Thursday, January 26, 2012

Star Warriors: Warrior - Prologue 1 - In the Late 1980's

Here is the first prologue of my lastest and main project, Warrior. I'm not sure what the series is being called, but the first three novels are named, and this one is Warrior. It's main character is Sarien Kana Rossi, a young woman with a troubled past who was sent to a school for delenquents. There she endured many hardships, but when she is fifteen, her and her two best friends and sworn sisters find themselves somewhere else: inside a video game. There they learn that they are Warriors, chosen to fight against an evil that is in every world. They must find the strength to stand up to not only a faceless evil, but the school that has ruled their lives for the past five years. This is Warrior, the story of a girl who must become a warrior, or perish in the silent war around her.


In the Late 1980's

They were both so excited. It was their first vacation as husband and wife. Neither of them were wealthy enough to afford a honeymoon, but they had lucked into the trip of a lifetime, thanks to a radio station’s giveaway. Carol could barely contain her excitement as she looked at Bernard.

"I can hardly believe it," she stated yet again.

"I know," Bernard replied.

"I mean, Hawaii?!"

"I know!"

The two of them smiled at each other and held hands as they walked through the simple security and waited in the seating area at the terminal. Both were shaking, they were so thrilled. They were so caught up in each other and their trip that barely noticed the young man that came out of the bathroom and sat across from the two of them. The area was mostly empty as there was still quite some time before takeoff. But neither noticed anything out of the ordinary, until he pulled out a gun and pointed at Carol and said, "Now, neither of you wants to make a scene."

The couple froze. His heart pounding a mile a minute, Bernard moved to stand but the young man stated quite calmly, "You do not want to do that, sir."

Bernard stared around the room, furious, and panicking.

"You can’t do this—"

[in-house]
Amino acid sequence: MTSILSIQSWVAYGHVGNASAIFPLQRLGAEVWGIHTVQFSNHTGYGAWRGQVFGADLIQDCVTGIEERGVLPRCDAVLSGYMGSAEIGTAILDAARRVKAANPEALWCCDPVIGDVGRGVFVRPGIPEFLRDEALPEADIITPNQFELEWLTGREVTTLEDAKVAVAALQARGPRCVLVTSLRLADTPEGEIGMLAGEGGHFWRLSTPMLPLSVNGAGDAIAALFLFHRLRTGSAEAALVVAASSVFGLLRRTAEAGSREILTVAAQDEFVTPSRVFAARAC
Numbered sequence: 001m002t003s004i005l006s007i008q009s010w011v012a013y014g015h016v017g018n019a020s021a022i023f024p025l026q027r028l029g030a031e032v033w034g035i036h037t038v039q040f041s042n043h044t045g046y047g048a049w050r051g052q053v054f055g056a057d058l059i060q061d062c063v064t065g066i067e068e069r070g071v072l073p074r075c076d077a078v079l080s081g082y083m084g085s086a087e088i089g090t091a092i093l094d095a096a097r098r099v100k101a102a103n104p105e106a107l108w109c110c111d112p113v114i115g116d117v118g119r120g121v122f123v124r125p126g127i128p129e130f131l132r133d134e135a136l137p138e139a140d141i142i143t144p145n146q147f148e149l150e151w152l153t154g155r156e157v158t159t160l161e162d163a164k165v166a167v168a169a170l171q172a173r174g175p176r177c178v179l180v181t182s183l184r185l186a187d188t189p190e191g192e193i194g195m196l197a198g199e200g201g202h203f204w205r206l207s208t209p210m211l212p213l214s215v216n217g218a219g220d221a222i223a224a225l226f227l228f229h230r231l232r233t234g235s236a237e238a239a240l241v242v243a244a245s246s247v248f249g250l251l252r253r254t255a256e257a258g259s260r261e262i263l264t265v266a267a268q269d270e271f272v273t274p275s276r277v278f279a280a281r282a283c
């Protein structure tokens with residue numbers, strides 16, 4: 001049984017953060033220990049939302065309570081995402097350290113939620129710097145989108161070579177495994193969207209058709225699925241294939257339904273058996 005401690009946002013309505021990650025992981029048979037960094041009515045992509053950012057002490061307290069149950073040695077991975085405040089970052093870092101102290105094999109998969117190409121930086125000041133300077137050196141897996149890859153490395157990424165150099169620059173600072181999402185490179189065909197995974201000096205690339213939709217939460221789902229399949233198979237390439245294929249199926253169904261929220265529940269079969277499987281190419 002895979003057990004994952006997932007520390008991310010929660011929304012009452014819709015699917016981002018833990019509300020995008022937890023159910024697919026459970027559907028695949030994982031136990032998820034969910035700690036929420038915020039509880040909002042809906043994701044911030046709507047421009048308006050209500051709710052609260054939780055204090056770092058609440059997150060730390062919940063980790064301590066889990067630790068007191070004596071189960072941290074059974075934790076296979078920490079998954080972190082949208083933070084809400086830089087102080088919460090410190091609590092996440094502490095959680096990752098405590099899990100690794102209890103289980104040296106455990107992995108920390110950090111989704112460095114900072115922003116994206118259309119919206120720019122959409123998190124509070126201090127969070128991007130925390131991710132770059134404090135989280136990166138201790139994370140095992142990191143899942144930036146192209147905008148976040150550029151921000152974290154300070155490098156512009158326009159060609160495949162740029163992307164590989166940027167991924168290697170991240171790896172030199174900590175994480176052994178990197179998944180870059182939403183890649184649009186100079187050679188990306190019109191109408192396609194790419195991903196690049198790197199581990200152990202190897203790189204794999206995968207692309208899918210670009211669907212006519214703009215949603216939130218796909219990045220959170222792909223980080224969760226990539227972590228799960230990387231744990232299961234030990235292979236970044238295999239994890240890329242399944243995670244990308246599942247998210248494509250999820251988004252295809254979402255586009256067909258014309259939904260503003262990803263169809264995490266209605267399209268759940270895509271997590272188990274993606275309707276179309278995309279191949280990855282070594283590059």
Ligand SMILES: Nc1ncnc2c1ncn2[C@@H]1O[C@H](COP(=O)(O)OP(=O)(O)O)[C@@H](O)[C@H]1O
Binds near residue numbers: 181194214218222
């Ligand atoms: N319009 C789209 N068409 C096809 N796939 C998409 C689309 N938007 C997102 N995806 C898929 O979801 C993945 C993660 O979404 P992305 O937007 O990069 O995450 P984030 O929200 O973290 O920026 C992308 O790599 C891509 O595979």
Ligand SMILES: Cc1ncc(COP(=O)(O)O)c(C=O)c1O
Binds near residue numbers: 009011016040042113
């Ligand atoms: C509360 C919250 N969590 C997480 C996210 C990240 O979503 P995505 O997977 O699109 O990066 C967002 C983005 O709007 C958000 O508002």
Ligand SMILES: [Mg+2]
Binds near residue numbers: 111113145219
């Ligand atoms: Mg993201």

"Actually, I can," he said, a cold smile upon his lips. "And I am."

"Do you want mon—" Carol started to say.

"I have no reason to take any of your belongings," he stated calmly.

"Then what do you—" Bernard’s voice was getting louder with each word, and the young man interrupted him as well.

"I said, you don’t want to be doing that," he said. His voice had once been rather warm, but now it went cold.

Furious, and with other alternative, both remained silent. Bernard studied the man that was holding them at gunpoint. He seemed young, but his hair looked white, and his dark green eyes had a maturity to them, as if they had seen a hundred lifetimes. Bernard came to the horrifying conclusion that he could, and would, kill them if they didn’t do what he said. Hoping for some help, Bernard looked around the room. No one was looking at them. Nothing seemed out of the ordinary. As he watched, the lady at the counter announced, "Flight 243 will now be boarding at Terminal D3."

"Look, this is our flight," Bernard said, his voice tight, "So, how abo—"

"You’re not going anywhere."

Bernard stared at the man, too furious to speak. Carol, who was very pale, couldn't help but mutter, "This is ridiculous."

"This is the way it is, ma’am," the man responded, his green eyes never leaving the two of them.

Bernard didn't understand. No one was stopping to stare; no security was coming at a run. People were simply passing them by, as if it were a regular day. It was as if they were invisible. The minutes seemed to slow to a crawl. Both of them waited for the man to do something, or to just leave them alone. They silently prayed—something neither of them did often—that the man would make his intentions clear and let them go. But he said nothing more, and the gun did not lower. Bernard continued to stare into the man’s eyes, but they did not waver.

After around twenty minutes of the stalemate, the final call was made and passed, and their flight finished boarding. Carol began to cry as their plane readied for takeoff. Bernard held her, glaring at the man over her head. That’s when he noticed, there was no gun in the man’s hand.

"You’re letting us go?" Bernard growled. "Now? After we miss our flight?"

The man pointed out the wall of windows to the airplane as it began to move. At first that only angered them, but then Bernard heard it. The people at the counter noticed it as well: the airplane engine sounded strange. But instead of the plane powering down, and the flight being delayed due to engine trouble, the plane finished its preparations, and took off. And everyone watched in horror as it rose, and then crashed, killing everyone inside.

Carol began to tremble, and Bernard clutched her hand as the truth of what the man had been doing dawned on them amidst the horror: he was saving them. Both of them turned to look at the man with white hair, but he was gone.

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